The crossroads of Mediterranean Europe, a brief history
Even though the chalky and not very fertile soil must have seemed inhospitable to the passing sailor, the geographical location of Malta, about 30 kilometres from the south of Sicily and 350 kilometres from coasts of Tunisia and Libya, made it the natural crossroads of the Mediterranean Sea. He who wished to control Europe had to control Malta. During the Neolithic period, people settled on the islands and a new culture began to emerge. It is still possible to see numerous sites from that period – some are among the best preserved in Europe. Later the archipelago was controlled by a long succession of different foreign rulers. Phoenicians, Greeks, Carthaginians, Romans, Byzantines, Arabs, Normans, and Sicilians, each ruler bringing a specific religion, architecture and culture to the islands. Malta, constant object of war, became the cultural and military beacon of each of the conquering empires. Today the contrasts left by these civilizations at the height of their power are still striking. In a country as small as Malta, a Roman temple can be found right next to an Arab town.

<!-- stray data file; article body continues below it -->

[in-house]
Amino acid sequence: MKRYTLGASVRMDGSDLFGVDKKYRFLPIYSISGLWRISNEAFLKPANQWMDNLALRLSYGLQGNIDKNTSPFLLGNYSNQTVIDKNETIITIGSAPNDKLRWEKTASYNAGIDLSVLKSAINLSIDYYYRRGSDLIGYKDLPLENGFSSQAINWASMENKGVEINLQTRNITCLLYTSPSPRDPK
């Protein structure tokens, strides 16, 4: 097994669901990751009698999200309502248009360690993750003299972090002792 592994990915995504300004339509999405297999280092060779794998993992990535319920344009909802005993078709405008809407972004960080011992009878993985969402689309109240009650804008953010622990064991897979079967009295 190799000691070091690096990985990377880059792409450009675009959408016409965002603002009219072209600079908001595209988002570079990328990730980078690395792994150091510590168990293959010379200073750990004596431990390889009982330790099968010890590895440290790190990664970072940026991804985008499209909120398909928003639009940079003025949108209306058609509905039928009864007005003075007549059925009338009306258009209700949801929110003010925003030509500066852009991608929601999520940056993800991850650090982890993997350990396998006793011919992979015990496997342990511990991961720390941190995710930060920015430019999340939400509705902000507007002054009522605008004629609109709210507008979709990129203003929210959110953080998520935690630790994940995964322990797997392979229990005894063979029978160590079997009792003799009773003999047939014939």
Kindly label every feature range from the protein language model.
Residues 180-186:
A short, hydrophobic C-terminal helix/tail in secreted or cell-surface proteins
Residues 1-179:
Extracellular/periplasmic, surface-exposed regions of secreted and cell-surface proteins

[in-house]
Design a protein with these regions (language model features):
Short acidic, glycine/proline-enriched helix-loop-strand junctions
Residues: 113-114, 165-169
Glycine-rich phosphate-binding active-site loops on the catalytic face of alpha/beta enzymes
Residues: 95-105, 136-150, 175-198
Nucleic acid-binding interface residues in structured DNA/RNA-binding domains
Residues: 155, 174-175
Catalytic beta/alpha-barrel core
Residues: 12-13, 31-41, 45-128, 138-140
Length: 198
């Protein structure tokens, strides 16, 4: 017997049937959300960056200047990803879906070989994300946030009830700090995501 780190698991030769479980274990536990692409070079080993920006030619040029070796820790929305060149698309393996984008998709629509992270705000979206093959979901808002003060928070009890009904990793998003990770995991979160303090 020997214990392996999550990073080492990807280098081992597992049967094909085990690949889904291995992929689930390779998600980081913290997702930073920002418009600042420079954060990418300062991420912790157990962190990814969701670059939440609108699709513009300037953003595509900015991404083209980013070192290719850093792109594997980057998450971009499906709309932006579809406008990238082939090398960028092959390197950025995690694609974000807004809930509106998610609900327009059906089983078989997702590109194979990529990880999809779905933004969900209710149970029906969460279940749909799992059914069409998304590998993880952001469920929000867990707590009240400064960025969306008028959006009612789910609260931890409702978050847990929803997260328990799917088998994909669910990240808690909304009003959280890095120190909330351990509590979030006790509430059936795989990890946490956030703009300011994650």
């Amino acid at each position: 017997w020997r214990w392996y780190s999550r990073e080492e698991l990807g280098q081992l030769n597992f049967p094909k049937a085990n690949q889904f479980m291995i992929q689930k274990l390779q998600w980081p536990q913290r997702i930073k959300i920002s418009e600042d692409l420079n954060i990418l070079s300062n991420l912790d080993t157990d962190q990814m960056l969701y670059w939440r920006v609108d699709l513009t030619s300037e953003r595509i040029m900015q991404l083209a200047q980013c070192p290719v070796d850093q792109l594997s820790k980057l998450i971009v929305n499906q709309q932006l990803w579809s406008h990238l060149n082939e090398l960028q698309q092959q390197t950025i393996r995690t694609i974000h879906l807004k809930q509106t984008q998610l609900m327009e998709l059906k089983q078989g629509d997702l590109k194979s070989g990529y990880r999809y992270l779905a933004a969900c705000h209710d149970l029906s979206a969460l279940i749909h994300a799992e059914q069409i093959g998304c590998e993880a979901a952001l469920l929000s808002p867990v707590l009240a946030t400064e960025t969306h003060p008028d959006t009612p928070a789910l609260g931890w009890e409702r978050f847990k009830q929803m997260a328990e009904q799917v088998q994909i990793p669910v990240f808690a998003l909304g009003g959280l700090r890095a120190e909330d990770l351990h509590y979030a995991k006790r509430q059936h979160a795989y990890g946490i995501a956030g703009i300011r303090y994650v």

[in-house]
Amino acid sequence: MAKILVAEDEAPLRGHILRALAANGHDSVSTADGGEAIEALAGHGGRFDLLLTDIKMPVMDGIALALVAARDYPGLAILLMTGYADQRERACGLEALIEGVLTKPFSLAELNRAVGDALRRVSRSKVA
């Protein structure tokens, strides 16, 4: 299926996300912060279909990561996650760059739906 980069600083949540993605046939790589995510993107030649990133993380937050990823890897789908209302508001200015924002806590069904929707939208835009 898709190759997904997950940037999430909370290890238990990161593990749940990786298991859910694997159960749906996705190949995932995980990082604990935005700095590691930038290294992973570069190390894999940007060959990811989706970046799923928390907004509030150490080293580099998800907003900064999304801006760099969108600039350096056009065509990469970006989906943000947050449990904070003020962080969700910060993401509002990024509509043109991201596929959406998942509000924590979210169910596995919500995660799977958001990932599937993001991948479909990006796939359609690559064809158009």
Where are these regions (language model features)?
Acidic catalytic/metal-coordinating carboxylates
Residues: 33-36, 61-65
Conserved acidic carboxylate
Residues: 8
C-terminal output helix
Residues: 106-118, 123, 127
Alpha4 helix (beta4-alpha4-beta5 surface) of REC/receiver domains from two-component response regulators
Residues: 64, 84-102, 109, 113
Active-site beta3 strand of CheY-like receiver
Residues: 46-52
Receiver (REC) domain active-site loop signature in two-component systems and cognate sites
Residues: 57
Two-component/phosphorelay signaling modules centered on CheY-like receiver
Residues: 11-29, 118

- An archipelago at the heart of the Mediterranean Sea
History and religion
In 60 AD Saint Paul was shipwrecked on the island, bringing Christianity to Malta. The religion was weakened by the subsequent occupations of foreign rulers, but during the 16th century Christianity became predominant once more, particularly with the appearance of the Knights Hospitaller. In 1530 Charles V – Holy Roman Emperor, king of Spain, and ruler of Naples and Sicily – gave Malta to the Sovereign Order of Saint John of Jerusalem for the purpose of securing the Mediterranean Sea. The order became the Knights of Malta, leaving an indelible mark on the islands. In 1566, under the reign of Grand Master Jean Parisot de la Valette, the capital of the archipelago was founded (named Valetta after the Grand Master). The reign of the Knights of Malta ended in 1798, but the order left magnificent buildings, which today are considered the pride of the capital.
Like other conquerors, Napoleon took possession of Malta on his way to Africa. Two years later the Maltese, incensed by the Napoleonic reforms (financial, administrative, and religious), rebelled against the French with the aid of Great Britain. Afterwards, however, Great Britain refused to give the archipelago back to the Maltese, and Malta officially became a part of the British Empire in 1814. Once more the Maltese had to accept the domination of a foreign power. Dissatisfaction grew, nationalistic demands increased, and some concessions were extracted from the British, such as the formal acknowledgement of the native language, Maltese.